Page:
Daylight Savings is never a popular time of year. Yet, somehow falling back this November didn’t bring with it my usual gripes. Perhaps it’s that my children are growing older and a bit more independent (meaning, they can each fill a bowl of Cheerios on their own and turn on a screen without adult assistance). Or perhaps it’s my own age catching up to me, as I’ve lost the ability to sleep in and instead revel in the joy of a few extra minutes of calm before the morning frenzy of getting everyone out the door. As the days grow shorter and colder, I’m reminded of the importance of practicing gratitude.
In a dark month in a challenging year in what seems determined to be a “VUCA” decade, gratitude for all the bright spots in my life — big, small, and teeny-tiny — is what helps shift my attitude from a sense that I need to power through to get to some unknown stress-free place, to instead take a big deep breath, notice what’s around me in the present, and truly relish the gifts right before my eyes.
Bright pink begonias. A great night’s sleep. Grandma Esther’s “Magic Soup.” Nail art. A call from a dear friend. My health. Long hugs from my kids after being away. Sweater weather. A morning without rushing. Making up after a fight.
These are a smattering of entries over the last few weeks in my five-minute journal, answering the first prompt: Three things I am grateful for...
Over five-years ago, a member of my “circle of trust” shared her experience using the journal. She took it out of her bag, showing us the well-worn pages in the front half with the soon-to-be filled out daily pages that followed. “Everyone has five minutes,” she argued. ”And really, it’s only three in the morning and two at night.” Then, she said: “It’s worth it. I promise.”
Following the gratitude prompt comes: “What would make today great?” — a seemingly simple question that always forces me to pause and reflect on what matters most. Sometimes I’m surprised by what emerges. Not the high-priority tasks on my to-do list, but rather the feelings I hope to experience that day: enjoying the walk to work. Staying calm during a challenging meeting. Extra snuggle time putting my kids to bed.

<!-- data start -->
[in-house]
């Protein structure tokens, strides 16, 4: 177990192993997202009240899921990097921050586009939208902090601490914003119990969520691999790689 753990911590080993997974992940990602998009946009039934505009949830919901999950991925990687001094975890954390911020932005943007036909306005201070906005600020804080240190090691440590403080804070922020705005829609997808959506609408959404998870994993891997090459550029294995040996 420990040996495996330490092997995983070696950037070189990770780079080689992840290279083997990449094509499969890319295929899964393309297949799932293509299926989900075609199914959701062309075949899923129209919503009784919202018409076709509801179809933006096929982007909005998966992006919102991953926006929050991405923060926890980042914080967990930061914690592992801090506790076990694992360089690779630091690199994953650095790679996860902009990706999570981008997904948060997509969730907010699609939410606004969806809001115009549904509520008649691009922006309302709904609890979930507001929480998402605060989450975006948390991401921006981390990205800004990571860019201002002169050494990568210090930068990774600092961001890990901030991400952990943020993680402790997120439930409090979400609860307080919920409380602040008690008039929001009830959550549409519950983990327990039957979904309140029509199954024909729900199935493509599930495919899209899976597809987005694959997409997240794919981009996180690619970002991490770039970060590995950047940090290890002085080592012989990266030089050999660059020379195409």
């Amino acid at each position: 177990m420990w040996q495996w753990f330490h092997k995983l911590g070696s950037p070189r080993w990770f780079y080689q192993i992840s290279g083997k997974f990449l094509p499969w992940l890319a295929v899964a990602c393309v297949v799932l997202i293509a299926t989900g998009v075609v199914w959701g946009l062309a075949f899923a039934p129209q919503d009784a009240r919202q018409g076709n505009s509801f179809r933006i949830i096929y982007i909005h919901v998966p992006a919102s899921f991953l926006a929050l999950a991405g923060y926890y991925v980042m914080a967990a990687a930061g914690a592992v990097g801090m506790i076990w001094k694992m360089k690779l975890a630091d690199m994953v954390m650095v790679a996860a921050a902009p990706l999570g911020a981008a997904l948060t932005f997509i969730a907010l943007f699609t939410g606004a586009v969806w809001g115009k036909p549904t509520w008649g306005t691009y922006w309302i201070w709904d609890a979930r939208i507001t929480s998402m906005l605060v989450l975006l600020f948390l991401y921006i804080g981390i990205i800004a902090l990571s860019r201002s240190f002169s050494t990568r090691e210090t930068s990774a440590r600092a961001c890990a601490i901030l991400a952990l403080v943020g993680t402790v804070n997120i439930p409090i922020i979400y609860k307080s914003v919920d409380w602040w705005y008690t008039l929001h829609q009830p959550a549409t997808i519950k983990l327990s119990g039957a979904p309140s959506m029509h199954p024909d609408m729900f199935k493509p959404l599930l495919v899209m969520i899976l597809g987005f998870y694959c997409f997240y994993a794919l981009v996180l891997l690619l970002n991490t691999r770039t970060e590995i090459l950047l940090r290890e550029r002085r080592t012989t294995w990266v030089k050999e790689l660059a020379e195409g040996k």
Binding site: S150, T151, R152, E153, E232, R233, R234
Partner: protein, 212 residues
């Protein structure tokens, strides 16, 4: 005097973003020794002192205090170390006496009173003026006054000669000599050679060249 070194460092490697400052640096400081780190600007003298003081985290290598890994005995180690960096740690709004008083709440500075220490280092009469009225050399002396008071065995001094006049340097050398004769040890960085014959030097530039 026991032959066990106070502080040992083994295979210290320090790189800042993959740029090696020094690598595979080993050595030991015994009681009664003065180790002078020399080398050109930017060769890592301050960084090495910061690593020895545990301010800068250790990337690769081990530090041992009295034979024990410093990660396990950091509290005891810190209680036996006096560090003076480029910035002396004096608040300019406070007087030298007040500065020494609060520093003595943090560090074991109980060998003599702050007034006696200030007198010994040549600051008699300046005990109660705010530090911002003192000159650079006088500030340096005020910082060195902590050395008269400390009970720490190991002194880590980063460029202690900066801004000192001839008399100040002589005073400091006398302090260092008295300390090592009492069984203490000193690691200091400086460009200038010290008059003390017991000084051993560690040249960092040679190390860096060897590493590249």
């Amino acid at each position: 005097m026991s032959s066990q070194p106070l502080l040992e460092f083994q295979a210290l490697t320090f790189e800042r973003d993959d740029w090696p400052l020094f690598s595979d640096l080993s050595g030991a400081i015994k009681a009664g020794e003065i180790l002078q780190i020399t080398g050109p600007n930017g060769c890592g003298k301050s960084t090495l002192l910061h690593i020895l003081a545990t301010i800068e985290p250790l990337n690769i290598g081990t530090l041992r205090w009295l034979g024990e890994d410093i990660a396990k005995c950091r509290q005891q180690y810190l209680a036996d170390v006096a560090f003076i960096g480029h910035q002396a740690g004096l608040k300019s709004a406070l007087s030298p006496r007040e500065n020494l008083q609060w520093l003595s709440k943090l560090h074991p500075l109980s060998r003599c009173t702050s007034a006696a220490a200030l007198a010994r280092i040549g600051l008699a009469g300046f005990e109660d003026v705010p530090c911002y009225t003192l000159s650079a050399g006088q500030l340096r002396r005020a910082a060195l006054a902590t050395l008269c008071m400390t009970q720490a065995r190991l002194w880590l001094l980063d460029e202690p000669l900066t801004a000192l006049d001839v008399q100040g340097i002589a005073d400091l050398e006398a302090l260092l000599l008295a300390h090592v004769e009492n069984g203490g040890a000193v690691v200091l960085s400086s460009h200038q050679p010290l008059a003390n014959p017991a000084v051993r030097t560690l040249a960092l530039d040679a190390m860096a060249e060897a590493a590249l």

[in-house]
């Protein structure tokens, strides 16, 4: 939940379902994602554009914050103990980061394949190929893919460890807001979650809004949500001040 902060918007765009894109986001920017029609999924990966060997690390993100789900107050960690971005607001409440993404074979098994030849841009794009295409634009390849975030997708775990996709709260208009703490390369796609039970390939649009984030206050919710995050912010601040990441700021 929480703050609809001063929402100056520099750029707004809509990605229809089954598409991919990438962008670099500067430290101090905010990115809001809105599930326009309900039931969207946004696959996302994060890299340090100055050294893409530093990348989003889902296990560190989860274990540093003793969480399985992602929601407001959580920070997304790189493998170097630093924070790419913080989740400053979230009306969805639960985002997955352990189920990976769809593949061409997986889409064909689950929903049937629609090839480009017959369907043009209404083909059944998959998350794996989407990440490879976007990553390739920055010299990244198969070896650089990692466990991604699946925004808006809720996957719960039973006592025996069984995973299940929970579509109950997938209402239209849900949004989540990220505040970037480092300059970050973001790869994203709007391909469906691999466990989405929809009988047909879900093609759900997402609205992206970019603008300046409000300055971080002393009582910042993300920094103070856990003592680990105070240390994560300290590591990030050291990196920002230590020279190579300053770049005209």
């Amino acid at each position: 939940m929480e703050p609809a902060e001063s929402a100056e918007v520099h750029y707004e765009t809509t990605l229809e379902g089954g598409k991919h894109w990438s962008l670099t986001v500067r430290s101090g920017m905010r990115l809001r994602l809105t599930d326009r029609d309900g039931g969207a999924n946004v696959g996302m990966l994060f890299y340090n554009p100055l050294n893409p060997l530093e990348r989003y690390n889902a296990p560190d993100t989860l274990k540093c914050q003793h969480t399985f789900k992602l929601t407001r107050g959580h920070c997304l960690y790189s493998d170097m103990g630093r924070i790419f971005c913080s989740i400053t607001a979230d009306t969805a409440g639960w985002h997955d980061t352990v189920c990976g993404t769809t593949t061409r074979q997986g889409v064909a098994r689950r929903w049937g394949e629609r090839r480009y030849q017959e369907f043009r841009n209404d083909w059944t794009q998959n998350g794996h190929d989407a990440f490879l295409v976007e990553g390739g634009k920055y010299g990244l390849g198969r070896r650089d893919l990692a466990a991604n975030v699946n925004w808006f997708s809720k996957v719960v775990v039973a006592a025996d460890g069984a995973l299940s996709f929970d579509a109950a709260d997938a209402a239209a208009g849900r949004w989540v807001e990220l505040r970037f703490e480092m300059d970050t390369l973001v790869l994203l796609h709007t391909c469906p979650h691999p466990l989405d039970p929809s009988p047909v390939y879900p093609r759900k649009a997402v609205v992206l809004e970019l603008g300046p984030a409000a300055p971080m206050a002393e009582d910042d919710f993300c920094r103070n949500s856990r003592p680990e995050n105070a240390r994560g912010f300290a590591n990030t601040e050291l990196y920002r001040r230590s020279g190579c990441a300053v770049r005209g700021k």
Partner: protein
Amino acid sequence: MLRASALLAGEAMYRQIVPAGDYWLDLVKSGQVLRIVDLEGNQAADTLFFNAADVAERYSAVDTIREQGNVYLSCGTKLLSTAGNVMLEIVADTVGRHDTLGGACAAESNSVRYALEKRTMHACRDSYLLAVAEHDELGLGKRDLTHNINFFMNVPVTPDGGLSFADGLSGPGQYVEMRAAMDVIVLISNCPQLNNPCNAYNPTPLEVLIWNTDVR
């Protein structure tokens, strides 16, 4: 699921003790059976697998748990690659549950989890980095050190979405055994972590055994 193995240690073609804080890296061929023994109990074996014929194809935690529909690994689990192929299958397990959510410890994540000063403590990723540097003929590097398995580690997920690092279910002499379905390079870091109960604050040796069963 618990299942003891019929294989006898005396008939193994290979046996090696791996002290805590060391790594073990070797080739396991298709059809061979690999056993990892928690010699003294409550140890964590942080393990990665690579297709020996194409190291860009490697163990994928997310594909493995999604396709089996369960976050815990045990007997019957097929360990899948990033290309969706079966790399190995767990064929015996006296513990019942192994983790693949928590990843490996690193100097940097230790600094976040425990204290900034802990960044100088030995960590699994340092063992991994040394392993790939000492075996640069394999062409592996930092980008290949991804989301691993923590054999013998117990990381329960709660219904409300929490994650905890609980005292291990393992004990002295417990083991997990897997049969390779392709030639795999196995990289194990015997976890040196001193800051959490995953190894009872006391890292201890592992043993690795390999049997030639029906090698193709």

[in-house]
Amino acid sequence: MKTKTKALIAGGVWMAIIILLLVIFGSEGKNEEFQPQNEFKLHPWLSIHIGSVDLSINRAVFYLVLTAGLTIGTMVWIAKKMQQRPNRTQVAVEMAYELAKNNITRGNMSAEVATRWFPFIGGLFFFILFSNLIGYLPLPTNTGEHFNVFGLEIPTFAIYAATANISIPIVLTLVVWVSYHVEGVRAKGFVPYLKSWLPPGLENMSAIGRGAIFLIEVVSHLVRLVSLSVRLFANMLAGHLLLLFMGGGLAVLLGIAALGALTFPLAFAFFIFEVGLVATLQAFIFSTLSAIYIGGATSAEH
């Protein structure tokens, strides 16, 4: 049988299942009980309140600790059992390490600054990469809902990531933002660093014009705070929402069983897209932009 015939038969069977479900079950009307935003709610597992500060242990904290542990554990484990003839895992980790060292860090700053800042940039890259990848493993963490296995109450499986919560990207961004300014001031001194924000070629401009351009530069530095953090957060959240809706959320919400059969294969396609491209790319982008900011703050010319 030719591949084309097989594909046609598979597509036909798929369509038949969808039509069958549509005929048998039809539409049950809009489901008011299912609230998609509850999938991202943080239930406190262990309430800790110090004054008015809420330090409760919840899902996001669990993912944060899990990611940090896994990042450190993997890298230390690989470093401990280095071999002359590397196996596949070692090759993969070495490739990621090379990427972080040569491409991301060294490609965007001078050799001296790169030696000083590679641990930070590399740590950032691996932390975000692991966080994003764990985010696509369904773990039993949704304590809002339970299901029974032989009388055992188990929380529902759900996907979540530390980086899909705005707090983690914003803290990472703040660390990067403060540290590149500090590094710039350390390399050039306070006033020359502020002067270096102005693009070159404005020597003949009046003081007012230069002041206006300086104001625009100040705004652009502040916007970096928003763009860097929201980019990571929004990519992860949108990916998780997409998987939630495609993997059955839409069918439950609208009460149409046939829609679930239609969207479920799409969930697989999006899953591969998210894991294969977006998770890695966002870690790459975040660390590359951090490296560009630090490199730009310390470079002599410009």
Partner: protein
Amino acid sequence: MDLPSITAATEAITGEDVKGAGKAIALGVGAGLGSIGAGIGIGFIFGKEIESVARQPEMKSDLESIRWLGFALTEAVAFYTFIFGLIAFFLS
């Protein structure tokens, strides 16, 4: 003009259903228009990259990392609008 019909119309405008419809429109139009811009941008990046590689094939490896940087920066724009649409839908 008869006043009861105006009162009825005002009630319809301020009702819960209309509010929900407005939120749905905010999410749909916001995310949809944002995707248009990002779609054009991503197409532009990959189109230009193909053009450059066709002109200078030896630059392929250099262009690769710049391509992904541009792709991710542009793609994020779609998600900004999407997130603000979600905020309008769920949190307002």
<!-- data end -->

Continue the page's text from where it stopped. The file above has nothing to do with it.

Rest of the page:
It’s then in the evening that I’m faced with its counterquestion: “Three amazing things that happened today...” It’s remarkable how many days these two play off one another, where my intention set in the morning becomes a self-fulfilling prophecy.
Ever since this daily practice was shared with me, it’s been in my life, albeit, in fits and starts. Sometimes the world’s woes rightly demand upset and outrage. Giving myself the permission to feel the full range of human emotions, including the negative ones induced by challenge, is just as important as finding the serenity of gratitude. However, those are often the days I miss and I fall out of the routine. Sometimes, when I notice I'm feeling particularly “glass half empty,” I realize I’ve lapsed. But documenting the bright spots in my life helps me remember why I’m here. And when I forget, it’s simply time to start again. No judgement.
Like my friend, I started first with the hardbound book. Now, I use the digital app on my phone. It’s one of the only notifications I allow — reminders for how to start and close my days well. The digital version gives me the ability to include photos, where my gratitude is best captured in an image rather than words. A sunset. The curl cascading down my daughter’s forehead. That tiny brown fleck in my son's bright blue eyes. Our dog’s unseemly back-sleeping position.
The daily practice closes with the question: “How could you have made the day better?”